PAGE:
Another feasible method to harvest triplet excitons is HLCT emission (Fig. 1e). By using moderate donor (D) and accepter (A) groups and controlling the steric hindrance between D and A, a new state can be obtained in which charge transfer (CT) state and locally excited (LE) state simultaneously exist in a molecule. LE part has the large transition moment and CT part can enhance the S1 component through RISC between high-lying triplet and singlet excited states [6a, 6b, 14].

Recently, we reported a new possible way to harvest triplet excitons through TPI-induced upconversion [7]. Different from that TADF and HLCT benefit from the RISC processes at the lowest- and higher-level excited states, respectively, and the spin angular momentum is not conserved, TPI induced upconversion is a intermolecular process. It has two distinct characteristics: (i) TPI is a spin conserving process, i.e. the spin-flip does not need; (ii) TPI can occur circularly, that is TPI can continuously convert triplet to singlet, which may induce much higher singlet ratio in OLEDs.

It should be noted that all the emitters used in the OLEDs based on the mechanisms of phosphorescence, TTA, TADF, HLCT and TPI- induced upconversion are all closed-shell molecules. Last year, we demonstrated the possibility using neutral open-shell molecules as the emitter of OLEDs in which the emission comes from the doublet excitons [8].

3. Neutral π-radical-based OLEDs

For conventional luminescent materials (closed-shell molecules), their HOMO is filled with two electrons with opposite spin directions. If these molecules are excited, one electron leaps into the lowest unoccupied molecular orbital (LUMO) and the other electron leaves in the HOMO. The spin configurations of two electrons can be classified as singlet and triplet, respectively. According to Paul's exclusion principle, the transition of triplet excitons back to the ground state is spin-forbidden, only the transition of singlet excitons back to the ground state is spin- allowed and emits light.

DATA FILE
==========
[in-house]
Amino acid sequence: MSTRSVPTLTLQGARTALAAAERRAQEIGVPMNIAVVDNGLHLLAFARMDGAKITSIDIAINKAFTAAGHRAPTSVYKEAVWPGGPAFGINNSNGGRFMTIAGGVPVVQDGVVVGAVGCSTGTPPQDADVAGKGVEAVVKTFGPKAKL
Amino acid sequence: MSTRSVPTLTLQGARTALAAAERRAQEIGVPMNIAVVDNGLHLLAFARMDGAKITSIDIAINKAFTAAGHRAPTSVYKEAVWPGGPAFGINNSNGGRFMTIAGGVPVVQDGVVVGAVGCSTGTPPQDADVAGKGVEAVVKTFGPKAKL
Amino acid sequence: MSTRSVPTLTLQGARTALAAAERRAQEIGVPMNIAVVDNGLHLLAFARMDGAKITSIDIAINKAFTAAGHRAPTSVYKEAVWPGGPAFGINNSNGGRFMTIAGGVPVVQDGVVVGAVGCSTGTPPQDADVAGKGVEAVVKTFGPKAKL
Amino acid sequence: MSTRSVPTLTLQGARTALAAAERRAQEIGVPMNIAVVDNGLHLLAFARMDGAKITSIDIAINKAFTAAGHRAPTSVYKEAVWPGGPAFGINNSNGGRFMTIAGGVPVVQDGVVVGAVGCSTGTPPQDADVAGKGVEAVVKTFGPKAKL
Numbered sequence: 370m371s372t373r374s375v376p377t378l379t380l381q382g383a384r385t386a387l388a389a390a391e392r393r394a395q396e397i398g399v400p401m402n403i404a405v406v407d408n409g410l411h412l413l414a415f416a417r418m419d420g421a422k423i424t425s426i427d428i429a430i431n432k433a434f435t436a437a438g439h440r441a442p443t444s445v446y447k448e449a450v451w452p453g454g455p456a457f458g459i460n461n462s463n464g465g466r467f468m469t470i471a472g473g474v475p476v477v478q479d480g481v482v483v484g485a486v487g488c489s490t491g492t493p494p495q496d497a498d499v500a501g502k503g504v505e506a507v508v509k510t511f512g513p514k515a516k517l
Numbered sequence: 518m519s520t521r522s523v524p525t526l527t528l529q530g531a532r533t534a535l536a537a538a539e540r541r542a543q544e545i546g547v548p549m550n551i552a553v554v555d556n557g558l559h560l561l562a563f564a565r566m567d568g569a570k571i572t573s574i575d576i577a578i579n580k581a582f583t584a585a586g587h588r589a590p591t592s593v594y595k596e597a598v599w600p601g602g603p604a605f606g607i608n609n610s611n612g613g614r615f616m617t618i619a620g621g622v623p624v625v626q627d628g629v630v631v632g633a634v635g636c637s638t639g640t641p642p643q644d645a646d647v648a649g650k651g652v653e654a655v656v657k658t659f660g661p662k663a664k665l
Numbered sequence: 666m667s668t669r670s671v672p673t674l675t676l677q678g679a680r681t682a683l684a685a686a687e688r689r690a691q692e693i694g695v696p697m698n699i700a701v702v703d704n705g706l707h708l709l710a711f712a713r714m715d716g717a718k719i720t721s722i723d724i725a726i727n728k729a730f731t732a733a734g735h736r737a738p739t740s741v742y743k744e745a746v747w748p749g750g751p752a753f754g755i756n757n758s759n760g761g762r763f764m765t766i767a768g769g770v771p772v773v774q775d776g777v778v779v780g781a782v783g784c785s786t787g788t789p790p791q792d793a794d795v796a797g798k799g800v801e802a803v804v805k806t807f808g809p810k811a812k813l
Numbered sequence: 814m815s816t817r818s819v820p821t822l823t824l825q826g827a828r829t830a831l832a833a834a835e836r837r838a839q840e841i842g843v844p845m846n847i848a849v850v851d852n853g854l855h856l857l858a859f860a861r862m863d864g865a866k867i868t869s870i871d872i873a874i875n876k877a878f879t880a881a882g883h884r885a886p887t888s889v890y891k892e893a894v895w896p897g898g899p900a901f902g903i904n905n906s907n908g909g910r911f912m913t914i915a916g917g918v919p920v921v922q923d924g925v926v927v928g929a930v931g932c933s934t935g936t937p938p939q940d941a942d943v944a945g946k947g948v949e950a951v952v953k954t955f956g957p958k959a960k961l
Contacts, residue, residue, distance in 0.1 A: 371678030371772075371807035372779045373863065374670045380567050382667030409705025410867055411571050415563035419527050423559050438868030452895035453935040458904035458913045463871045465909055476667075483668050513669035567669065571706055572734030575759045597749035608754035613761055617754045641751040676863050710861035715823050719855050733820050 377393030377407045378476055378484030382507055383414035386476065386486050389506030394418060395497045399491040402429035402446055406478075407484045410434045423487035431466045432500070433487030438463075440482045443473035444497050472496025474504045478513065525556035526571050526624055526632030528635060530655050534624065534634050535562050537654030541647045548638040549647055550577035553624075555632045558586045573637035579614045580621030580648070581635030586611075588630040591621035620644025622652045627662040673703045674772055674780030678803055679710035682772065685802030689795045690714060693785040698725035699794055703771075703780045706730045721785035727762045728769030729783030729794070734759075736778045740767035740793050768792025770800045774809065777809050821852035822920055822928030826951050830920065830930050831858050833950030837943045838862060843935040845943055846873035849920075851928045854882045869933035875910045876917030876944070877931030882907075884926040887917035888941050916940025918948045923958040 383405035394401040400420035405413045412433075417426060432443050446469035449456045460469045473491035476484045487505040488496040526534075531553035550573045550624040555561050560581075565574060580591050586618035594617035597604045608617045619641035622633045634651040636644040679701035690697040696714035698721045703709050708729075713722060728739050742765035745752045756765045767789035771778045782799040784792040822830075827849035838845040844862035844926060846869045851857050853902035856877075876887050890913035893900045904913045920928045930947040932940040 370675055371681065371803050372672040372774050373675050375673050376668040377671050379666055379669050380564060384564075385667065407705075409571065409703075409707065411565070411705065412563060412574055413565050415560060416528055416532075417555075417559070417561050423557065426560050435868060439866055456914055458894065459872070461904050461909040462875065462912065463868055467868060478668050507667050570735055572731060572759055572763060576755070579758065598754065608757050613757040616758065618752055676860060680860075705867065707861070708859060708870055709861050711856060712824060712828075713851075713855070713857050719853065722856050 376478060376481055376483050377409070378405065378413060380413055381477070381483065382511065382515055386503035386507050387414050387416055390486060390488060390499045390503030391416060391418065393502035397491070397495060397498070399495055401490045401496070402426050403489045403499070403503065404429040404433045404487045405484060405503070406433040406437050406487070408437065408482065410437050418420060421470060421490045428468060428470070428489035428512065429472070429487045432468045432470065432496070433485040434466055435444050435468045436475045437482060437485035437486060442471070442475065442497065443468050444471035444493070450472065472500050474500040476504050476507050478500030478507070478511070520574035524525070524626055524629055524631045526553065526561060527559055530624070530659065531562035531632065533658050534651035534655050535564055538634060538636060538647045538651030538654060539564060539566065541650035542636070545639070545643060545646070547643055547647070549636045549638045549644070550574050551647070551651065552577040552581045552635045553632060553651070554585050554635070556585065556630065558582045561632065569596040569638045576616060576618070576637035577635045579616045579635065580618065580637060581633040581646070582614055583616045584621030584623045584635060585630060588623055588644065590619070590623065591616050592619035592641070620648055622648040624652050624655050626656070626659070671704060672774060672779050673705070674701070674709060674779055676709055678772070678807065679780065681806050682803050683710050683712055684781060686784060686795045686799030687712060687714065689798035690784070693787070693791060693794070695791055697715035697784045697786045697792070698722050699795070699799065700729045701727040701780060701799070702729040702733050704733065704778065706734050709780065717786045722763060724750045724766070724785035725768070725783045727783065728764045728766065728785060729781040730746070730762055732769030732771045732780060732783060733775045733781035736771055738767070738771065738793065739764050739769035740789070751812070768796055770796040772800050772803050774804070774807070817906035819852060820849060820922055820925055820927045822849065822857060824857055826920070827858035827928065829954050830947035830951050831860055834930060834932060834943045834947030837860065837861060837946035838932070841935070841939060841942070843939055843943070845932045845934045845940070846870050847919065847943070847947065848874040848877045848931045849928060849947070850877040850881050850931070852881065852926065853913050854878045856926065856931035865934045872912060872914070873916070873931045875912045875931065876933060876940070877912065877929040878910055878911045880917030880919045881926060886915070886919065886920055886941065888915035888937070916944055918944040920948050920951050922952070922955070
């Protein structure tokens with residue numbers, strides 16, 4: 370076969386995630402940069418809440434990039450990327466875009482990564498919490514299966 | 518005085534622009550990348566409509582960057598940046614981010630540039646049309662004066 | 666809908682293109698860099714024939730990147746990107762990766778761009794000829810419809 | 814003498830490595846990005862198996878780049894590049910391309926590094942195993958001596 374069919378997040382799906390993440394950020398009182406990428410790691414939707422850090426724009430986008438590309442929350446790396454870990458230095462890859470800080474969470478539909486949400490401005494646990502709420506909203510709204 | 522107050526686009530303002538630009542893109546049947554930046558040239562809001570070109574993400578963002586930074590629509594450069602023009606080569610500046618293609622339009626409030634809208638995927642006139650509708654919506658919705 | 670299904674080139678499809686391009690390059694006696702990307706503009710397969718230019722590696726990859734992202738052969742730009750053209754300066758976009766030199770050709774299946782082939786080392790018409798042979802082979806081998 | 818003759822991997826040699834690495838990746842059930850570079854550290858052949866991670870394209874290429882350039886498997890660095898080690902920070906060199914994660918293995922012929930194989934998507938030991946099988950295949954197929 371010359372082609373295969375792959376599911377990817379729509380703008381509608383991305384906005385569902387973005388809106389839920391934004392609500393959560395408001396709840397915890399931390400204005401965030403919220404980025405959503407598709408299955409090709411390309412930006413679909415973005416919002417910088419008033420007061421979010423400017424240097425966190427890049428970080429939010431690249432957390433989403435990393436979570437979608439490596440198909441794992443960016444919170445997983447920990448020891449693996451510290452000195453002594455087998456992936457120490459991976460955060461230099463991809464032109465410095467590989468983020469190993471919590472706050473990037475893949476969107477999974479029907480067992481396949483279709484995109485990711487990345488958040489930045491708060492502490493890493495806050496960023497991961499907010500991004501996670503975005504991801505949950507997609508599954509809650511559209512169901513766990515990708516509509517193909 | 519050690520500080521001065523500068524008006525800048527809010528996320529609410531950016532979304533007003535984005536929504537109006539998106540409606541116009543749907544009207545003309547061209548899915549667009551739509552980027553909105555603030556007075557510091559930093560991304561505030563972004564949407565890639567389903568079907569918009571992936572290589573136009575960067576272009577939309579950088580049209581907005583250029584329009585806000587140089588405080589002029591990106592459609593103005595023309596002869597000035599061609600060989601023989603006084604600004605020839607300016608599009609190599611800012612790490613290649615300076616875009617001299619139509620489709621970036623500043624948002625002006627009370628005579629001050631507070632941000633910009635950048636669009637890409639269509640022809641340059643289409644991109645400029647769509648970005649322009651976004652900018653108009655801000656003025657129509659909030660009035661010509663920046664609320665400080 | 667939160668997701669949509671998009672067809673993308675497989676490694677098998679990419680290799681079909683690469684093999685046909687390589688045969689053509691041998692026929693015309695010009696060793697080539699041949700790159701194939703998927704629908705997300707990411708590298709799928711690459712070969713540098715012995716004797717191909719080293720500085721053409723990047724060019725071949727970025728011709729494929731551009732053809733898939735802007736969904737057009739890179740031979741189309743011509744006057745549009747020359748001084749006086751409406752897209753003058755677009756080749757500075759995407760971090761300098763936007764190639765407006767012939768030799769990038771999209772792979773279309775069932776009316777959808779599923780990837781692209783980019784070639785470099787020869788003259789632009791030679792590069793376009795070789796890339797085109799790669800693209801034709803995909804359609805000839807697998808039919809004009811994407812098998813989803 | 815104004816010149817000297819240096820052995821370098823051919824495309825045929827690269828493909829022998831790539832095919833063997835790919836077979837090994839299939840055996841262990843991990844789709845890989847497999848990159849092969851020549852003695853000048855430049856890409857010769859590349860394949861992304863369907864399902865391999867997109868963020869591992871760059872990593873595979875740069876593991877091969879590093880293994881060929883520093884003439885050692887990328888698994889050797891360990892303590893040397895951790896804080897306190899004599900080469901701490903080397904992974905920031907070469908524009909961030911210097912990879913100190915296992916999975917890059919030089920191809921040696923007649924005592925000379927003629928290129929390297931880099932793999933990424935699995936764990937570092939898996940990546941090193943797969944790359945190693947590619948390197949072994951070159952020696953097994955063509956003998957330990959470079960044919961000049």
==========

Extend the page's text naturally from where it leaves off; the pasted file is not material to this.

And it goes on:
However, neutral conjugated radicals (open-shell molecules) have only one electron in the outer molecular orbital, i.e., the singly occupied molecular orbital (SOMO). The spin configuration of one electron is doublet (spin-up and spin-down). In the EL process of an OLED based on neutral conjugated radicals (as shown in Fig. 2), electron and holes are injected from cathode and anode respectively. Then holes are transmitted into the HOMO of the hole-transporting layer (HTL) or doping-host molecules, finally hop into the SOMO of the radical. And the SOMO of the radical becomes empty due to only one electron occupies the SOMO. Similarly, electrons are transmitted into the LUMO of the electrontransporting layer (ETL) or doping-host molecules, then hop into the singly unoccupied molecular orbital (SUMO) of the radical. Thus the doublet excitons at radical molecules are formed. In addition, the doublet excitons can also be created through the energy transfer from the host. The transition back of the electron in SUMO to SOMO will generate a photon. Theoretically, the transition of doublet excitons of neutral radicals is always spin- allowed due to the vacancy of SOMO.

Figure 2. EL process of the open-shell organic molecules; HTL and ETL represent holetransporting layer and electron-transporting layer.